Meanwhile five of the documentary stories have now been completed, two of which have been profiled at film festivals such as the Jackson Wild Film Festival held in Austria in October, while others are set to feature at the upcoming Sundance Film Festival in January. The team is now going through due diligence with a studio for acquisition of the series.
Challenges of 2022
While it’s been a largely positive year for Bushman, she is wary of a number of challenges, not least relating to the Norwegian salmon farming sector – a reflection of her role as chief marketing officer of Kvarøy.
“What’s going on in Norway now with the tax situation is significant,” she admits.
She also reflects on some less specific concerns, many of which relate to the state of the seafood sector in the US.
“There’s still a lot of investment needed to ensure the aquaculture industry can fulfil its promise. We need to develop public-private partnerships. But the US is still so far behind on aquaculture policy, we’re still not seeing the adoption and acceptance of the industry that we need – even regenerative aquaculture of bivalves and seaweed is still having trouble getting, and holding on to, concessions. There’s still a lot of misinformation being circulated about the sector,” she notes.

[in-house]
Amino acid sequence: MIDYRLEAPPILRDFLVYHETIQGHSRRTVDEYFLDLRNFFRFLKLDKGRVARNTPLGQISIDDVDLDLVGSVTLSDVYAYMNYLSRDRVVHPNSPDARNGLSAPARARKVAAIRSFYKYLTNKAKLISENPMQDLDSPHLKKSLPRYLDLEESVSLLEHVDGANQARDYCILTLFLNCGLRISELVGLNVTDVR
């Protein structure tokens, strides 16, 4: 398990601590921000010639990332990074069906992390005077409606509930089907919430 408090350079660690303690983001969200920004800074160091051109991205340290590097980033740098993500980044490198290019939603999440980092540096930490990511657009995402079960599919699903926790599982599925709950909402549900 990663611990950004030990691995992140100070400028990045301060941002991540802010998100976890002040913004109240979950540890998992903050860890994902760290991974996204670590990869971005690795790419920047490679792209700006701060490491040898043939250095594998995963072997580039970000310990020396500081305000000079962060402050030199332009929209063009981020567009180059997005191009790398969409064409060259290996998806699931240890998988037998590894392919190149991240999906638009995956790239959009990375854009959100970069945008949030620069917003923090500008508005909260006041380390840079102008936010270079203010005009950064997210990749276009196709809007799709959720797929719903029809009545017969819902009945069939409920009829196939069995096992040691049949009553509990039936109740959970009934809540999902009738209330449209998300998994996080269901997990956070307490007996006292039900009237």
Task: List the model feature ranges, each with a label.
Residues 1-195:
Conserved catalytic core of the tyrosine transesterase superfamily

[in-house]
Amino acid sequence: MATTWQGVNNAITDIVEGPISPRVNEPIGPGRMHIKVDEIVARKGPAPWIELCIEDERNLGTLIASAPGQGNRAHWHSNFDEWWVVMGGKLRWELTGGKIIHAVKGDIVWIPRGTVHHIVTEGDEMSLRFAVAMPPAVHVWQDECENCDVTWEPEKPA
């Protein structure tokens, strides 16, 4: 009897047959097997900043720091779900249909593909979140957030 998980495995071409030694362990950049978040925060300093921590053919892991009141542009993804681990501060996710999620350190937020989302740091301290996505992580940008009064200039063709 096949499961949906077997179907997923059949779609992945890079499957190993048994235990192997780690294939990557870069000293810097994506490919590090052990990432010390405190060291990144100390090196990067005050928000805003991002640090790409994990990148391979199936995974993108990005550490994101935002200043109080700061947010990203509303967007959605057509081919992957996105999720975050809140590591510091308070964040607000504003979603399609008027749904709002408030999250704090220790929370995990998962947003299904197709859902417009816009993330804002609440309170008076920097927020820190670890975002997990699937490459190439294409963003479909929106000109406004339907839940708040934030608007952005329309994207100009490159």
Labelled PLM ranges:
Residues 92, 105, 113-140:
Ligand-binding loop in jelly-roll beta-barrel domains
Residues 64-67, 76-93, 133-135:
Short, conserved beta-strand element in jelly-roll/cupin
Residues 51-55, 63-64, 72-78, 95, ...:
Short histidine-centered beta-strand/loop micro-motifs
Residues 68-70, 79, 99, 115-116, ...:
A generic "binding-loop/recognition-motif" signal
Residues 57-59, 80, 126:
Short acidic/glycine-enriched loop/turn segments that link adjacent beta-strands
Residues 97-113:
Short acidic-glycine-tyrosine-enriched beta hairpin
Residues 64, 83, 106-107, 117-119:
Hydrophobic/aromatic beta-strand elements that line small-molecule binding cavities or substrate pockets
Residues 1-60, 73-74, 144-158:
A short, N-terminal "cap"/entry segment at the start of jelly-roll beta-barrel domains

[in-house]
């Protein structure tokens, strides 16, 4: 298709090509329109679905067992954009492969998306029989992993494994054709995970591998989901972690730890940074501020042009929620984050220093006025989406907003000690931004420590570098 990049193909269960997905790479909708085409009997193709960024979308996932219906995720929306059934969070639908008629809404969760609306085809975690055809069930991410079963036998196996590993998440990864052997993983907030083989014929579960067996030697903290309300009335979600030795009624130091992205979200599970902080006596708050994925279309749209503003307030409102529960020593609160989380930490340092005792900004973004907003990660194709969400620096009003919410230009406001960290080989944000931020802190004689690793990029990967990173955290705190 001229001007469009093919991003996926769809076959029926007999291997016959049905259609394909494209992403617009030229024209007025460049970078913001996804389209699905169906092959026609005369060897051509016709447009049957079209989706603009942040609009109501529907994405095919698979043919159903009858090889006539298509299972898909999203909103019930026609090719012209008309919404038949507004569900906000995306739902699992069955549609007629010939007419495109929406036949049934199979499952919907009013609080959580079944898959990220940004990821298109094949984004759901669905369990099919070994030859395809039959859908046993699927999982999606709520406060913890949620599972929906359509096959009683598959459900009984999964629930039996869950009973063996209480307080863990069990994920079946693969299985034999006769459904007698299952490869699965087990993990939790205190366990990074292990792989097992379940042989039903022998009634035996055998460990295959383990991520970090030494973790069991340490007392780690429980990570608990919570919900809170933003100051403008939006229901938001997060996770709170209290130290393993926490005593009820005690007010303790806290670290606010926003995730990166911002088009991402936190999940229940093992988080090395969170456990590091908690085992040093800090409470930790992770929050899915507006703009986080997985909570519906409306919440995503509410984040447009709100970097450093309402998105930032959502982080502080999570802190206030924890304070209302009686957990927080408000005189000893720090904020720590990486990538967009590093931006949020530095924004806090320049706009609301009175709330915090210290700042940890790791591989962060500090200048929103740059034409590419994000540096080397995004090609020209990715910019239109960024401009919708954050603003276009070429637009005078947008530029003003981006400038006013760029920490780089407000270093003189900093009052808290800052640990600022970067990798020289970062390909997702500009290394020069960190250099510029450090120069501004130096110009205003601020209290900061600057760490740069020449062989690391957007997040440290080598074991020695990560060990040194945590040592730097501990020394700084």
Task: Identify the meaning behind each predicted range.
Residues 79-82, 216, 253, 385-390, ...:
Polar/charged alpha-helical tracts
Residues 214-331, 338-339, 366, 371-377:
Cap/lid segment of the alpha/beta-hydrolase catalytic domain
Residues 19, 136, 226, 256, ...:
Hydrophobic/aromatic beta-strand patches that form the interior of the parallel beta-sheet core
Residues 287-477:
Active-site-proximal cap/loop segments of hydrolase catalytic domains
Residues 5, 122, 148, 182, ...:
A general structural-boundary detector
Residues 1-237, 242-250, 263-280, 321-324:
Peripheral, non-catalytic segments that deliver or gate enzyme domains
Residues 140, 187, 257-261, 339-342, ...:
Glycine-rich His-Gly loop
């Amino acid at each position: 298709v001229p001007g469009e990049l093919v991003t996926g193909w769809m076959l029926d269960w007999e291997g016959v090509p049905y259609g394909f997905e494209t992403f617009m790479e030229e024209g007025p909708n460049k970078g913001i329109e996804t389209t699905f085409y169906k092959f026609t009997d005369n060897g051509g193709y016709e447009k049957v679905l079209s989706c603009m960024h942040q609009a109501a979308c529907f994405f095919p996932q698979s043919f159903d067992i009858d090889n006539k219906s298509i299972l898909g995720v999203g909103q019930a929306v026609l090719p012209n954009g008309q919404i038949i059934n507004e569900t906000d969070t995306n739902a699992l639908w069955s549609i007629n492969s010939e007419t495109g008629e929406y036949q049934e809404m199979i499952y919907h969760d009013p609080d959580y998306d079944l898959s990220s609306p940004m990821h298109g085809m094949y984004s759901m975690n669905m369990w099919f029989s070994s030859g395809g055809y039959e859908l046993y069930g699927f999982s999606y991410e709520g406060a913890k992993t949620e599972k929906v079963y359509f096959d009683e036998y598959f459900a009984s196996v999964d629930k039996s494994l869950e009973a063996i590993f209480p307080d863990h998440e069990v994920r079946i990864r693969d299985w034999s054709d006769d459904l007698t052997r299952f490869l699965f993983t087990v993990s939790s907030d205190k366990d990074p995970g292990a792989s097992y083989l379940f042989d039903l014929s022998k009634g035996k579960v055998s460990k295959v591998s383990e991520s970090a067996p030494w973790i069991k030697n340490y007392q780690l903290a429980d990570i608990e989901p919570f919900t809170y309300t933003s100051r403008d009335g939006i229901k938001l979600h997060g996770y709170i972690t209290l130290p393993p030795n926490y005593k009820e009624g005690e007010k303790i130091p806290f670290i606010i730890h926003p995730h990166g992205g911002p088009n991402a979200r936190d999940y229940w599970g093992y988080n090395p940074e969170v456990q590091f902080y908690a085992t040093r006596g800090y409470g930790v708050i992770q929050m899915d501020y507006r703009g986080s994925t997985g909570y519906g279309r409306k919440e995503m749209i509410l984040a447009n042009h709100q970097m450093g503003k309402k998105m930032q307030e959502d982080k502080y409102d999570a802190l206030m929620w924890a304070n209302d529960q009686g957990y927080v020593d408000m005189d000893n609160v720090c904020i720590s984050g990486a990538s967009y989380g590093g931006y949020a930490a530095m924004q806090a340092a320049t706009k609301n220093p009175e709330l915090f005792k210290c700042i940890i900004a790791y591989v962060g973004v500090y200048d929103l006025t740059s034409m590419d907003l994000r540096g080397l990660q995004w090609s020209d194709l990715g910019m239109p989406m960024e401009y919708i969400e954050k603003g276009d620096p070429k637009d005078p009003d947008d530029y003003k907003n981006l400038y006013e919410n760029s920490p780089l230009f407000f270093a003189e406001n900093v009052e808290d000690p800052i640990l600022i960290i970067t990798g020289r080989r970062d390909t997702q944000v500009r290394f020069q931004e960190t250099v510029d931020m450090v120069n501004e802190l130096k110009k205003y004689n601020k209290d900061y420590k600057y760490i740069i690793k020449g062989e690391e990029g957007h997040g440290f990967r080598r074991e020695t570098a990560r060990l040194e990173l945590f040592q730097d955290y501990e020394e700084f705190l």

Outlook for 2023
Fed by Blue has a busy year ahead, including an event to mark the 50th anniversary of World Wild Life Day with Jackson Wild and CITES in Washington DC in early March, as well as a return to SXSW in the same month. Meanwhile, they will be raising the remaining funds for the docuseries, as well as for the impact campaign – a not inconsiderable task.
“Documentary filmmakers, producers and studios are still looking at the production of conservation films – documentaries about whales or protecting the elephants from the ivory trade, but there are no documentaries about how important this blue planet of ours is to our food system and food security. The idea that protection can align with production,” she explains.